Haimke, son of Shimen’s cousin Yossel the socialist, attended Hebrew University’s law school in the early 60s, rising up to become a prominent member of the first generation of Israeli-born judges. He shared his father’s secular socialist Zionist views, though he was less resentful of old-fashioned Judaism than was his formerly religious father. Haimke regarded religious Judaism as a mere relic that could be benignly ignored as it suffered inelegantly through its death throes. A proud and active member of Mapai (Israel’s Labor Party) until he joined the bench, Haimke always felt that he had deservedly earned his place among Israel’s ruling elite. To his dying day, Haimke regarded Begin’s victory in 1977, as well as all the subsequent capitalist-reactionary governments, as historical accidents destined to be reversed in due time.

Haimke’s daughter Adi followed in her father’s footsteps, studying philosophy and law in Hebrew University in the 1980s. Adi shares many of the views of her father and grandfather, though she is somewhat perplexed by their unabashed nationalism and has no patience for the once-fashionable Israeli male swagger. Judaism has no religious meaning for her and she has become ambivalent about Jewish ethnicity; even more than Yossel and Haimke, she is an Israeli before she is a Jew. This creates significant dissonance for her regarding Israel’s definition as a Jewish nation-state; she pays lip service to the idea of a Jewish nation-state but feels uncomfortable with any of its manifestations. For example, she has trouble justifying the Law of Return, regards singing Hatikvah as jingoistic and prefers that Hebrew and Arabic have equal status as national languages.

She wishes that Israel be distinguished less by any specific Jewish character than by an embrace of the principles of international human rights law, in return for which, she has no doubt, the world would welcome Israel as an equal and honored member of the family of nations. She believes that, regardless of the consequences for Israel’s security, Israel is in violation of human rights law as long as it does not withdraw every last Jew from the territory on which a Palestinian nation-state must be established.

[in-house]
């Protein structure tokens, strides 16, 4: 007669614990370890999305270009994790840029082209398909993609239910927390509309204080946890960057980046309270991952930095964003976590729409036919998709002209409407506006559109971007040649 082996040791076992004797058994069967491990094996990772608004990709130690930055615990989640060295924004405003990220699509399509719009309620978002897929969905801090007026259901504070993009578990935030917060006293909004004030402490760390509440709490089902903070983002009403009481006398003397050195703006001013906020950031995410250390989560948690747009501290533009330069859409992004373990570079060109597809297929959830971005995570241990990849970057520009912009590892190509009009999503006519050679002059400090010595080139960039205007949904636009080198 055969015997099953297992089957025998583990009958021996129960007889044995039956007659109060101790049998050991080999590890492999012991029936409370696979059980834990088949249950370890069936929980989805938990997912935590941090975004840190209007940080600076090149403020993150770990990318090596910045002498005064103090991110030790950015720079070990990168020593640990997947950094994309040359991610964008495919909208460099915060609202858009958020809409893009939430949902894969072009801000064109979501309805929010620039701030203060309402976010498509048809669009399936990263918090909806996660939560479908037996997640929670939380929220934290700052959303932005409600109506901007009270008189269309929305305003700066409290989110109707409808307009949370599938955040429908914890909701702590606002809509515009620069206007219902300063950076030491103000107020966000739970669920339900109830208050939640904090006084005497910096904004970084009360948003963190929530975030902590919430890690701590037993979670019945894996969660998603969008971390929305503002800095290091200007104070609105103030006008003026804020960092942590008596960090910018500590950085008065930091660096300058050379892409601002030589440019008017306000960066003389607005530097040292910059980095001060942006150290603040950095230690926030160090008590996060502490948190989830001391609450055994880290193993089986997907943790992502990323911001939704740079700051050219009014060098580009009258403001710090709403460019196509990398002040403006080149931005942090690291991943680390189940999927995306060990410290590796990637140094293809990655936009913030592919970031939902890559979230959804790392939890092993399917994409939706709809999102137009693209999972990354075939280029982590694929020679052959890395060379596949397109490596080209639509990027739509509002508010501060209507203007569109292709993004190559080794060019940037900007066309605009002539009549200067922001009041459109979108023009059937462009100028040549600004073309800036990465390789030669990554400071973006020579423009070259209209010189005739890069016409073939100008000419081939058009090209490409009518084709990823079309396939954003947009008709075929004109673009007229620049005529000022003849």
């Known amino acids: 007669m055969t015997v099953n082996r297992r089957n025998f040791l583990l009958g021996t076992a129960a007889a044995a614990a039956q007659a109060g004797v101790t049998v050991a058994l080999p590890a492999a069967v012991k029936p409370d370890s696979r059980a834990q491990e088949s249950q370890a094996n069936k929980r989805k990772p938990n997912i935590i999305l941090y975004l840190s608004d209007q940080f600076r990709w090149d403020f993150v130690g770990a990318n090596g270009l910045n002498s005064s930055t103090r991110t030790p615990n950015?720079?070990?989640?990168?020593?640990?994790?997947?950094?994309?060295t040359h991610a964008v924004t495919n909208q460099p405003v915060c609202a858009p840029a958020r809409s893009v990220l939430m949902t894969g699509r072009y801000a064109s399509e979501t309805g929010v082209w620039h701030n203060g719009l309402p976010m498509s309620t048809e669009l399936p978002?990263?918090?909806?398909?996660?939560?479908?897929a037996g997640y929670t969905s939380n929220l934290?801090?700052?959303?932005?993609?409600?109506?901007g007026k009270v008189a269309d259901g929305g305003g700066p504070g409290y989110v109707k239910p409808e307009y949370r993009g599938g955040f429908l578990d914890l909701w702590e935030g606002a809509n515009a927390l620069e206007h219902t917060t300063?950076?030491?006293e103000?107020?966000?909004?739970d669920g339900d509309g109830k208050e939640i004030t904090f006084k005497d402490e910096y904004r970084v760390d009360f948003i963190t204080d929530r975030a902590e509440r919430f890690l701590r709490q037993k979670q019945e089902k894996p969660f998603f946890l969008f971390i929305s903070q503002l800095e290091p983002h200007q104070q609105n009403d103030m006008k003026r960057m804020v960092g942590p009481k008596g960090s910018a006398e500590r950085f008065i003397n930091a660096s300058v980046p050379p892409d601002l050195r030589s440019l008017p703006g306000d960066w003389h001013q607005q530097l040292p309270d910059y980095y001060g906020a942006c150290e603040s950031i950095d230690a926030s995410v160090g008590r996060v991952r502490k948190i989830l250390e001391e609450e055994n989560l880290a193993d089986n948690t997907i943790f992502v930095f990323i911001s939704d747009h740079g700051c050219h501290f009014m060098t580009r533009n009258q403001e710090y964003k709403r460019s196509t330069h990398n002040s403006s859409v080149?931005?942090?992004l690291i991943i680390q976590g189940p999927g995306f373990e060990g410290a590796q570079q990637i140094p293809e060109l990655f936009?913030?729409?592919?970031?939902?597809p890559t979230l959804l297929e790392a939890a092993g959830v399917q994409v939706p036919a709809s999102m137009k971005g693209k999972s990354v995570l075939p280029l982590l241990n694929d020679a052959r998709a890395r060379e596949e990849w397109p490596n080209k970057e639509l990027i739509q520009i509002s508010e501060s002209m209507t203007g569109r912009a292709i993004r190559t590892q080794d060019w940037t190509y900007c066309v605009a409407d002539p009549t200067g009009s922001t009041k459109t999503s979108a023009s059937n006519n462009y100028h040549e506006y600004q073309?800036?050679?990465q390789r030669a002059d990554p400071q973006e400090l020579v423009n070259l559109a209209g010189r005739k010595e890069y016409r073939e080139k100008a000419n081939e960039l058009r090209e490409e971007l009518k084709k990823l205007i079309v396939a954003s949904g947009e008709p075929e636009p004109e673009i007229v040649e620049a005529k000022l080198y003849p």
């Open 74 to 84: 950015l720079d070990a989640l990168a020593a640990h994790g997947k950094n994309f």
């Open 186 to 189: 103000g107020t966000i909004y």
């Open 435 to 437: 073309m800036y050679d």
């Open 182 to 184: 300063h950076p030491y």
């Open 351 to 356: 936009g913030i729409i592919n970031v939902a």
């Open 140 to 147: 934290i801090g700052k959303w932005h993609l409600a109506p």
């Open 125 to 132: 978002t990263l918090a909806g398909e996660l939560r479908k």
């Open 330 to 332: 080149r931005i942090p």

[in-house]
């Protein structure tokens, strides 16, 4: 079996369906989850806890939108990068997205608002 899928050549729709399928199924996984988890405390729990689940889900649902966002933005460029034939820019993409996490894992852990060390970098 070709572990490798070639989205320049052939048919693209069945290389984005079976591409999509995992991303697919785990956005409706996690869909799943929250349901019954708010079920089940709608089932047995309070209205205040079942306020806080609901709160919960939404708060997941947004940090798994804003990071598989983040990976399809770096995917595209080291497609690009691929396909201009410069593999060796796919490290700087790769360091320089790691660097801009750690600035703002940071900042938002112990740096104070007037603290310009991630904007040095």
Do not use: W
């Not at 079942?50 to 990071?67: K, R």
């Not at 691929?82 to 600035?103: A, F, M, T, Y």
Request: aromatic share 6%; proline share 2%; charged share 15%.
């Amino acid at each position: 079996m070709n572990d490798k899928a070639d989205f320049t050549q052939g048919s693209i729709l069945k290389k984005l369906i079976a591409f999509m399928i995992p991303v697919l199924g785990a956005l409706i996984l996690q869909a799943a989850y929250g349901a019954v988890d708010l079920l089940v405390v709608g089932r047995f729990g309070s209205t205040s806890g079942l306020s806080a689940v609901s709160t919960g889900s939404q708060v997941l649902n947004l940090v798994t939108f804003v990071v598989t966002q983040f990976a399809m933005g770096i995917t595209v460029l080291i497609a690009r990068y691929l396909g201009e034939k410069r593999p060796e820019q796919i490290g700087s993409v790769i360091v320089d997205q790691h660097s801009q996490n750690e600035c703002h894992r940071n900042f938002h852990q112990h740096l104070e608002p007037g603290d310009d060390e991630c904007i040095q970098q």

Adi is deeply concerned about the likes of Itcha Meir and Bentzi gaining political strength and confidence. Unlike her father, Adi regards the rise of the Israeli Right as a long-term threat to Israel’s soul, if not to its very existence. Adi is convinced that the communities represented by Itcha Meir and Bentzi have designs on political power that they have not earned; they have not undergone the ideological and psychological transitions from traditional Jewish galuti modes of thought that are required for political leadership. Itcha Meir and Bentzi and their respective cohorts remain, in Adi’s view, mired in messianic, unproductive and sectorial ways of thinking and do not sufficiently understand the principles of democracy.

Somewhat eliding the significant ideological differences between Itcha Meir and Bentzi, Adi attributes to both of them hawkish views on security rooted in a fanatical and unfounded belief in Divine Providence. She herself has been active in Peace Now her entire adult life; she believes that were it not for the messianic predilections of the likes of Itcha Meir and Bentzi, Israelis would have long ago been vacationing on the shores of Beirut and eating hummus in the bazaars of Damascus.

Adi also resents the communities of Itcha Meir and Bentzi for not sufficiently appreciating the role of modernity and enlightenment values in promoting prosperity and driving productivity. Due to their limited secular education, most members of these communities aspire at most to be merchants and tradesmen, while Adi and her friends study Marcuse and Althusser in university and go on to important public sector jobs.